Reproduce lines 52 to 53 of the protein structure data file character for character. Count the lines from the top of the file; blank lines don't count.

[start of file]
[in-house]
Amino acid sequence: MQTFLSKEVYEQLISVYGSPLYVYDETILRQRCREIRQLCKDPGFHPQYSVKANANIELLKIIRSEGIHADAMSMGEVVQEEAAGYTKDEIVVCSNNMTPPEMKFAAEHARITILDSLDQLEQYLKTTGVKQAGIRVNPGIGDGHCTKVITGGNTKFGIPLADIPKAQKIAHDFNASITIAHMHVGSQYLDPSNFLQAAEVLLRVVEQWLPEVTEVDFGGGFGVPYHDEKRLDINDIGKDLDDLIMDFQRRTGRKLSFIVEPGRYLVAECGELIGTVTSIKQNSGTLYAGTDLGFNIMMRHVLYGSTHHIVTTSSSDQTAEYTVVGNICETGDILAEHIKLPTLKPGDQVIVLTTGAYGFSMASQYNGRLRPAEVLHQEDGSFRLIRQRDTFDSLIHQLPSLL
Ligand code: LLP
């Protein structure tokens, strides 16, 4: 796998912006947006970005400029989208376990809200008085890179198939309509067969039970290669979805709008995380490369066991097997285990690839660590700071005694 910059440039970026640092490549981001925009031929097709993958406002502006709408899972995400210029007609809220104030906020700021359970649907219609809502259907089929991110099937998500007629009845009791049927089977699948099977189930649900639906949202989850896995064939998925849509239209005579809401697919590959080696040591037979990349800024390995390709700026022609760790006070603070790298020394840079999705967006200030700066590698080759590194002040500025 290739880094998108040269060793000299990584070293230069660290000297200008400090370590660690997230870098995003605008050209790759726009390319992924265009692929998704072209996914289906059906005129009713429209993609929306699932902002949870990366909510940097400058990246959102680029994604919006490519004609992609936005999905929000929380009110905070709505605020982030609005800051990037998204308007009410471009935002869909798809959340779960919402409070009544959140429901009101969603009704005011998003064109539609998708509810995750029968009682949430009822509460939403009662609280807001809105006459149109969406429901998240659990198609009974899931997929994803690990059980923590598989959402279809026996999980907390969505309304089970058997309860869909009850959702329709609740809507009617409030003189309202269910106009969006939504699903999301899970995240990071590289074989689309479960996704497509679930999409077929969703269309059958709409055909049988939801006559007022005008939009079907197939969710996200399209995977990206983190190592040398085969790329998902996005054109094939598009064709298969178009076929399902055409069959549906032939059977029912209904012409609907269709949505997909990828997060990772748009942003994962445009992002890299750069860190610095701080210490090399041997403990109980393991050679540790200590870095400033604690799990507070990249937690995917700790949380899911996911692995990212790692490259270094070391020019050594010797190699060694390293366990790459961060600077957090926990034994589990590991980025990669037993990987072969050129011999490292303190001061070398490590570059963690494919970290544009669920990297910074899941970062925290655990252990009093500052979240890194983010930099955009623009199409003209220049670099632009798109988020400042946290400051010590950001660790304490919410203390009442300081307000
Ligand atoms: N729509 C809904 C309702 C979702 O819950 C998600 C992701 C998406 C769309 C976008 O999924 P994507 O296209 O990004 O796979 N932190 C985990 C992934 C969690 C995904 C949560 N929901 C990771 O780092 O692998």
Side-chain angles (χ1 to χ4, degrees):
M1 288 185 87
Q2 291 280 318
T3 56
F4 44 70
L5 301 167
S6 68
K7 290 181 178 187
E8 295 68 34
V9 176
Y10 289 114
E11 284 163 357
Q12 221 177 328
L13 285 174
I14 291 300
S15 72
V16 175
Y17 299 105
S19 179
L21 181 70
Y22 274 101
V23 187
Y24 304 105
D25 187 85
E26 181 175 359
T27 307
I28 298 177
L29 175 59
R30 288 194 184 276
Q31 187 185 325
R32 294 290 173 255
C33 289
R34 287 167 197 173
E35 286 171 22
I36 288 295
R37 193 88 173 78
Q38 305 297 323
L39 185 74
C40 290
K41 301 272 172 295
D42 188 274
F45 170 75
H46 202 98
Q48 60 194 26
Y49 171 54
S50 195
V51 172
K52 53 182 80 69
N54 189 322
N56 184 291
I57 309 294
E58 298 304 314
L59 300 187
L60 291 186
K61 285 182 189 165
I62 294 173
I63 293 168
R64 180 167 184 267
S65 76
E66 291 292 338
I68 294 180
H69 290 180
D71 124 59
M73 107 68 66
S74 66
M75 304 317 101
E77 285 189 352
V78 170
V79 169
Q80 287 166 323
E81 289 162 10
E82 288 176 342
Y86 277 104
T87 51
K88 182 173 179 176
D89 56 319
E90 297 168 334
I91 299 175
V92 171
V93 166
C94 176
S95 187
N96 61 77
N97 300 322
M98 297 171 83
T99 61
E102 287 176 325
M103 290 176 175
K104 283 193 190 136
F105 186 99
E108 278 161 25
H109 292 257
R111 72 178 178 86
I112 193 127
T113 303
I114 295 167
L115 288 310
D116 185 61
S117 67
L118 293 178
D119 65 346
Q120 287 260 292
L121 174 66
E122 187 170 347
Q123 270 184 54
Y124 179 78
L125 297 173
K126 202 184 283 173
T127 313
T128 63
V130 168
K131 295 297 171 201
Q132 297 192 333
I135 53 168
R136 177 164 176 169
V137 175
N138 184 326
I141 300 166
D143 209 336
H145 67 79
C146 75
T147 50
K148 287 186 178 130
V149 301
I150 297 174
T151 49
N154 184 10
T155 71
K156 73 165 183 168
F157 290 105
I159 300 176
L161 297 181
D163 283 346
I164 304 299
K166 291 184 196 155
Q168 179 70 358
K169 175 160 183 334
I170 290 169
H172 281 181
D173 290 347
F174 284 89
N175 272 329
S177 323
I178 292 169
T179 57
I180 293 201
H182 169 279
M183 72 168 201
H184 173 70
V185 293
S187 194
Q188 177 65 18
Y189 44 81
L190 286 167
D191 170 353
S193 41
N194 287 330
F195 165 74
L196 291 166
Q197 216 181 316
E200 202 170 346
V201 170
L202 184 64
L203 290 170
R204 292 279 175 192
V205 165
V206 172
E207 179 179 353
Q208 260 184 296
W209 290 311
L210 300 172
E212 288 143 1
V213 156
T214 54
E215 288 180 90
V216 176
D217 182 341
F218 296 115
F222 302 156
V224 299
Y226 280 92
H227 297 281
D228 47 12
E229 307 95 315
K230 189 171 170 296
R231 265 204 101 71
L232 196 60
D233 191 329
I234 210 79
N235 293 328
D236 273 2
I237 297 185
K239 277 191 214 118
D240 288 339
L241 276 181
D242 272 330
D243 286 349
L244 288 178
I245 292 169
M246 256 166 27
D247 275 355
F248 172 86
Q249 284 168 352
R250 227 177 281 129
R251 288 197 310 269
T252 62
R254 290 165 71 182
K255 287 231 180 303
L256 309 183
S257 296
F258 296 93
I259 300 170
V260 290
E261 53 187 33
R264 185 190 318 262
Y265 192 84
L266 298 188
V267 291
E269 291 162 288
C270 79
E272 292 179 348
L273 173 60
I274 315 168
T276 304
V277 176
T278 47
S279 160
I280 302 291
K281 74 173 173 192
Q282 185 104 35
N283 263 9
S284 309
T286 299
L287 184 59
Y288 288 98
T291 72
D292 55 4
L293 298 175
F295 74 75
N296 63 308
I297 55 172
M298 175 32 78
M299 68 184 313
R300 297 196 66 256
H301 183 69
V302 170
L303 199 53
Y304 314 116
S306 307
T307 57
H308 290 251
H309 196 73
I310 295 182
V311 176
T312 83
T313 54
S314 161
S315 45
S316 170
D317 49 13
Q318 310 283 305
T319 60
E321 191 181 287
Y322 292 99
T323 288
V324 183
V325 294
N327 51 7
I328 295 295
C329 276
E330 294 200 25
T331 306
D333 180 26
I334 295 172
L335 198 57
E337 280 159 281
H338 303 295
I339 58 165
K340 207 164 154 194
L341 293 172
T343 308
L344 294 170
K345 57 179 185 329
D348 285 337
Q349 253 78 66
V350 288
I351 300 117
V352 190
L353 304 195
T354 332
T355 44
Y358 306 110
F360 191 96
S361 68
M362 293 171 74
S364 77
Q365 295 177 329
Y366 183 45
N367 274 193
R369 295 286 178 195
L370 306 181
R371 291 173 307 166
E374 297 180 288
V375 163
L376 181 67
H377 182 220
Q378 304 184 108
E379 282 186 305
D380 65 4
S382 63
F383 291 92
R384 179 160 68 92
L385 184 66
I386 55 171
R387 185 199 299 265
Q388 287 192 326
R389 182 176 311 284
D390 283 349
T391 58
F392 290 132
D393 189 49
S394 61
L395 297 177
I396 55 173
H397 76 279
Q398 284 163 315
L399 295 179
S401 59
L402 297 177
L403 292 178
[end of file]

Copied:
V51 172
K52 53 182 80 69